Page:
Travelling from Junagadh to Jamnagar, Gujarat. 2009 The driver revved, revved, revved the engine. ‘And this thing has to go 200 km – I don’t think so’ said Jim. We were on private bus – Mahasagar Travels Ltd. – travelling from Junagadh, hopefully to Jamnagar. We moved about 200 m and stopped for another five minutes of serious revving. The whole bus vibrated. The window … Continue reading On The Buses.
The island of Diu, Gujarat, India 2009. Diu is at the end of the line. This tiny (11 km by 3 km) ex-Portuguese island at the tip of Gujarat has a quirky charm and lends itself to lazy sand and sunshine-filled days. Not quite a tropical paradise, but very nearly. Indian, but yet not, Diu has white-washed churches, catholic-saint-filled chapels, and colourful Lisboa streets with … Continue reading Gone Fishin’.
Palitana, Gujarat, 2009. Shatrunjaya is one of Jainism’s holiest pilgrim sites. A mind boggling array of 863 temples perched on a hilltop plateau high above the gulf of Cambay. Three thousand two hundred steps lead to the top. We began to climb. Slowly but surely. Luckily there was plenty to distract us from our aching calf muscles and thirst. Donkeys being herded uphill, carrying paniers … Continue reading The Black Sheep of the Jain Family.
Ranthambhore, India 2009. Ranthambhore National Park was once the hunting ground of the maharajas of Jaipur and is one of the last few habitats capable of supporting viable populations of ‘Panthera Tigris” – the Royal Bengal Tiger. The guide tells us, ‘a tiger knows when a jeep enters the forest. Whether he chooses to show himself or not is his decision’. Seeing a tiger needs … Continue reading The Tiger Walks In The Morning.
From the archives: Bundi 2010. Once in a while you meet someone extraordinary. Someone with such an infectious positive energy, that the only thing you can do around them is smile. Mr. Prakash Gupta – alias Kukki, is known throughout Bundi. He began talking as he welcomed us into his living room cum bedroom. Pulling out book after book, he proudly showed us articles that … Continue reading The Intrepid Mr Kukki.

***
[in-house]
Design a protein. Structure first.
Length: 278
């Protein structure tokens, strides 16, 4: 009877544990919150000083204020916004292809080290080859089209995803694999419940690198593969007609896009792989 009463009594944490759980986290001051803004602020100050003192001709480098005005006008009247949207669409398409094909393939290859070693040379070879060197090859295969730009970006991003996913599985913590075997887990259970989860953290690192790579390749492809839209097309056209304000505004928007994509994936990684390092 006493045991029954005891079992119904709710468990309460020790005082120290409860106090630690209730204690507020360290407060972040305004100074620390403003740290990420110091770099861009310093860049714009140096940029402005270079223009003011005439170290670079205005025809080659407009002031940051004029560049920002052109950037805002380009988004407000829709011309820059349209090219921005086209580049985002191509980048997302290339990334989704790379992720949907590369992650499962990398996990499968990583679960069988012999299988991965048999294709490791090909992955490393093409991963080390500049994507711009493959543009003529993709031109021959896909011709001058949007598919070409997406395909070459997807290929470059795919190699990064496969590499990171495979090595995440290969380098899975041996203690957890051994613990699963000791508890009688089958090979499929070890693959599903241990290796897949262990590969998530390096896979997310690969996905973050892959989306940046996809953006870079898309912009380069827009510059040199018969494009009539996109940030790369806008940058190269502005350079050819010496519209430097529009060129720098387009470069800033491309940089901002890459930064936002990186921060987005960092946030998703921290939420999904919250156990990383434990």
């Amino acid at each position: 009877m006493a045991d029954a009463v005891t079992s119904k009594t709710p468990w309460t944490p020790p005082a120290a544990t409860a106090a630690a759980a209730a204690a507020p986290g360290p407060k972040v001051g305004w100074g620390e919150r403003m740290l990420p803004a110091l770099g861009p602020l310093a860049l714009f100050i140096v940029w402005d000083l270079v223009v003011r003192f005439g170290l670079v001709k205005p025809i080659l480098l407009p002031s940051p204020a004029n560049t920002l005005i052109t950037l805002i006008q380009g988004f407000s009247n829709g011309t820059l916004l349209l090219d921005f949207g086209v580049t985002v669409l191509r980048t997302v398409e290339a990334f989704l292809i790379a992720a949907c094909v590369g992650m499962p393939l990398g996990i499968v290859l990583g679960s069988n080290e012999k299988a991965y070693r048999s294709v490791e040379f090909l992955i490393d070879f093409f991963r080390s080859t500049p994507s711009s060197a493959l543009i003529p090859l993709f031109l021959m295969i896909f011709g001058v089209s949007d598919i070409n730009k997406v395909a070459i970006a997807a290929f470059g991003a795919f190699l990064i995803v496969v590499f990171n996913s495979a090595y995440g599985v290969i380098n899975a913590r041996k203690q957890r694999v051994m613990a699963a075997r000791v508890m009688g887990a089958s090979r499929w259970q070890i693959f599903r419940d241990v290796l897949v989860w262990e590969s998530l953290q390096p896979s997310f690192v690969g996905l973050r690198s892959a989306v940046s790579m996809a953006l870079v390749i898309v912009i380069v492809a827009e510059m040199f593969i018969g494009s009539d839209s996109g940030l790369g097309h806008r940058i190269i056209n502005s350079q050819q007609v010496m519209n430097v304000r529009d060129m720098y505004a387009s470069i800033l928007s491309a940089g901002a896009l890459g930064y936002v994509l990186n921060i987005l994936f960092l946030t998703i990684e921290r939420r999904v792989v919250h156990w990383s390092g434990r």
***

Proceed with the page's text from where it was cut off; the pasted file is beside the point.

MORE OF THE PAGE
Shekhawati. 2010. Shekhawati is a landscape of narrow country roads, half forgotten villages and beautiful havelis. (large ornate traditional houses). Crops of bright green mustard seeds, wheat and cauliflower interlaced with sandy tracks, ornate yellow sandstone wells and crumbling cenotaphs. An open air painting of shifting colour and light. Once an area on the silk trade route between the ports of the Arabian Sea and … Continue reading Shekhawati: An Outdoor Gallery.
She greeted us with a traditional ‘namaste’ greeting. Palms pressed together, fingertips pointing heavenwards, hands just below her face. She bowed her head – “welcome”, she said and ushered us into our room – guest quarters at the front of the house. She busied herself, fetching water which was set on a small table in front of us. “You will take tea”? Chai cements all … Continue reading Portrait Of A Hindu Housewife.
Fabulous headgear of men in the Thar desert. Bulbous brilliantly coloured affairs. A rainbow, dotted, flecked ‘who’s who’ guide, to area of origin. A map of home, cloth of belonging. And beautiful to boot. Continue reading Men In Turbans.
Every October in the 8th month of Kartika, business and religion come together and the quiet town of Pushkar is transformed into the circus that is the Pushkar camel festival. Thousands of livestock owners stir in the Thar desert, pack family and belongings onto wooden carts, trailing camels, horses, and cows behind them, to trade on the Mela ground – a huge, dry, expanse of … Continue reading Pulsating Pushkar.
We noticed the barber shop, the size of a postage stamp, squeezed in between the internet cafe and our guesthouse. “Shave sir”, asked the barber appearing out of nowhere, nodding at Jim. “Can I have a haircut”, I asked hopefully. Normally the only customers in these shops are men. “Yes, yes, five minutes waiting”. All three chairs were occupied so I sat on a bench … Continue reading The 80 Cent Haircut.